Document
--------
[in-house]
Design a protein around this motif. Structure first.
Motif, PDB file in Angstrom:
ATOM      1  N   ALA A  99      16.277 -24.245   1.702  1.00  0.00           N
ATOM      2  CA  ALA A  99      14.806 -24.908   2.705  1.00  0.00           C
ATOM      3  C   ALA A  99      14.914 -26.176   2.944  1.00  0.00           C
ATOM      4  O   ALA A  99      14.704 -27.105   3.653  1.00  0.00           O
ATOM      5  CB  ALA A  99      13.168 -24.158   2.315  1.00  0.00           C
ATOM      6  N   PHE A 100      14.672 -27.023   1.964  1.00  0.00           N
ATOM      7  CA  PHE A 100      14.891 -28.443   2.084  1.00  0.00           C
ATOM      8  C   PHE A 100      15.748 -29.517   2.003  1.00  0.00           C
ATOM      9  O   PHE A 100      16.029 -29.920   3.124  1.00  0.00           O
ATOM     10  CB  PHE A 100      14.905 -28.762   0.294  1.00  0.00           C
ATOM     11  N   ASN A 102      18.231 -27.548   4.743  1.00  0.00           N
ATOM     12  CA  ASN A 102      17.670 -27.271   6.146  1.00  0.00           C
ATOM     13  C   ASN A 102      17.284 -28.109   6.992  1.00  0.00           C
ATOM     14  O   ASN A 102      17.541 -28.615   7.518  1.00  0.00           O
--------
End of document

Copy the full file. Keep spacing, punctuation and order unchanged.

[in-house]
Design a protein around this motif. Structure first.
Motif, PDB file in Angstrom:
ATOM      1  N   ALA A  99      16.277 -24.245   1.702  1.00  0.00           N
ATOM      2  CA  ALA A  99      14.806 -24.908   2.705  1.00  0.00           C
ATOM      3  C   ALA A  99      14.914 -26.176   2.944  1.00  0.00           C
ATOM      4  O   ALA A  99      14.704 -27.105   3.653  1.00  0.00           O
ATOM      5  CB  ALA A  99      13.168 -24.158   2.315  1.00  0.00           C
ATOM      6  N   PHE A 100      14.672 -27.023   1.964  1.00  0.00           N
ATOM      7  CA  PHE A 100      14.891 -28.443   2.084  1.00  0.00           C
ATOM      8  C   PHE A 100      15.748 -29.517   2.003  1.00  0.00           C
ATOM      9  O   PHE A 100      16.029 -29.920   3.124  1.00  0.00           O
ATOM     10  CB  PHE A 100      14.905 -28.762   0.294  1.00  0.00           C
ATOM     11  N   ASN A 102      18.231 -27.548   4.743  1.00  0.00           N
ATOM     12  CA  ASN A 102      17.670 -27.271   6.146  1.00  0.00           C
ATOM     13  C   ASN A 102      17.284 -28.109   6.992  1.00  0.00           C
ATOM     14  O   ASN A 102      17.541 -28.615   7.518  1.00  0.00           O